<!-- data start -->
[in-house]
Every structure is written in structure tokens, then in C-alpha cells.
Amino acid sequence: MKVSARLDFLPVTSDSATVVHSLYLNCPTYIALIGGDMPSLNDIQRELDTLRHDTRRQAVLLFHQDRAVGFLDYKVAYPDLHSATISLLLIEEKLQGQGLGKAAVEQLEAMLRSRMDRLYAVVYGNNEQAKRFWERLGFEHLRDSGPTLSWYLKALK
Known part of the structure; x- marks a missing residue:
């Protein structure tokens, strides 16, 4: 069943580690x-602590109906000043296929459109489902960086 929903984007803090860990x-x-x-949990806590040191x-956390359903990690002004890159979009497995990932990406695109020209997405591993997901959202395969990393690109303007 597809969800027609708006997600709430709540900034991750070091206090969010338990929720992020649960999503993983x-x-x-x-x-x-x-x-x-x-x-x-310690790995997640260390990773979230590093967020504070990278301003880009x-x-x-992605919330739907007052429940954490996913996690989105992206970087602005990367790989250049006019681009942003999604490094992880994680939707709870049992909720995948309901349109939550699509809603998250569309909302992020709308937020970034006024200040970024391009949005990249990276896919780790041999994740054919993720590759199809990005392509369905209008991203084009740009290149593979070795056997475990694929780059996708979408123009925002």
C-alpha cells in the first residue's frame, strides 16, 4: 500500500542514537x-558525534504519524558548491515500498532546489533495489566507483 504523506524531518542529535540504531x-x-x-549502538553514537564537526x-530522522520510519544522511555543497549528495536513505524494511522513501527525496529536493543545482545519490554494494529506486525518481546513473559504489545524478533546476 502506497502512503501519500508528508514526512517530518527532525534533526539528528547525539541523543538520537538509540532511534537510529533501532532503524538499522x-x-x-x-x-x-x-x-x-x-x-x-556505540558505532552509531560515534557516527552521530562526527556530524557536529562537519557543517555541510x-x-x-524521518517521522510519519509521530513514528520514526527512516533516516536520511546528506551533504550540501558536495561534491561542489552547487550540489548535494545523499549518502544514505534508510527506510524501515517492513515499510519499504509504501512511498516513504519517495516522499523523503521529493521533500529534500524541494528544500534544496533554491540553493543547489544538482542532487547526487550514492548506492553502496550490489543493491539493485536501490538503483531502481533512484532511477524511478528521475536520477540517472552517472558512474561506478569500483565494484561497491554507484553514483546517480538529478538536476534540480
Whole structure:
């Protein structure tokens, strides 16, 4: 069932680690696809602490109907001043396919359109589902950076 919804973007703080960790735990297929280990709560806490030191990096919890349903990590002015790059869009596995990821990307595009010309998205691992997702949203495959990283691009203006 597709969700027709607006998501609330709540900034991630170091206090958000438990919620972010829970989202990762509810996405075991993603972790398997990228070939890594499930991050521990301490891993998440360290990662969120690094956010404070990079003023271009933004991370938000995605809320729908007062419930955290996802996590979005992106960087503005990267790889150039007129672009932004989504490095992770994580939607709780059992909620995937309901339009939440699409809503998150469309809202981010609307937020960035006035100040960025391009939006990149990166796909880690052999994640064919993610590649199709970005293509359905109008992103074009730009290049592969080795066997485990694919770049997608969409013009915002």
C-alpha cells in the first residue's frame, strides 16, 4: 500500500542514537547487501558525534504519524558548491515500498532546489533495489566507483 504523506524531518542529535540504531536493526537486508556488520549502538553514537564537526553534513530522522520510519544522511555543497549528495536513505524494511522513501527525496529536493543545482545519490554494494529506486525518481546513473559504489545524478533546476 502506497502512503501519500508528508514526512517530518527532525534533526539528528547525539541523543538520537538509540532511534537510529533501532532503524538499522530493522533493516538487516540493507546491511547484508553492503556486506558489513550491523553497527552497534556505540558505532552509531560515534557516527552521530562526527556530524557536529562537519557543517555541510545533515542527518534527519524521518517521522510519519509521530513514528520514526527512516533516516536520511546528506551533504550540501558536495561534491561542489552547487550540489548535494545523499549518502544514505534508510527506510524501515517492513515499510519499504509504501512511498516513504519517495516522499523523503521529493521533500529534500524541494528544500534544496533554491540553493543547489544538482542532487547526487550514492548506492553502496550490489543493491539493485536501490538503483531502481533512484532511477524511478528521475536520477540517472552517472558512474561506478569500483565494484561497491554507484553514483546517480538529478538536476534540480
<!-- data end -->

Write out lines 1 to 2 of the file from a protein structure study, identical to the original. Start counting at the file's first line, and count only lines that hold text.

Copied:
[in-house]
Every structure is written in structure tokens, then in C-alpha cells.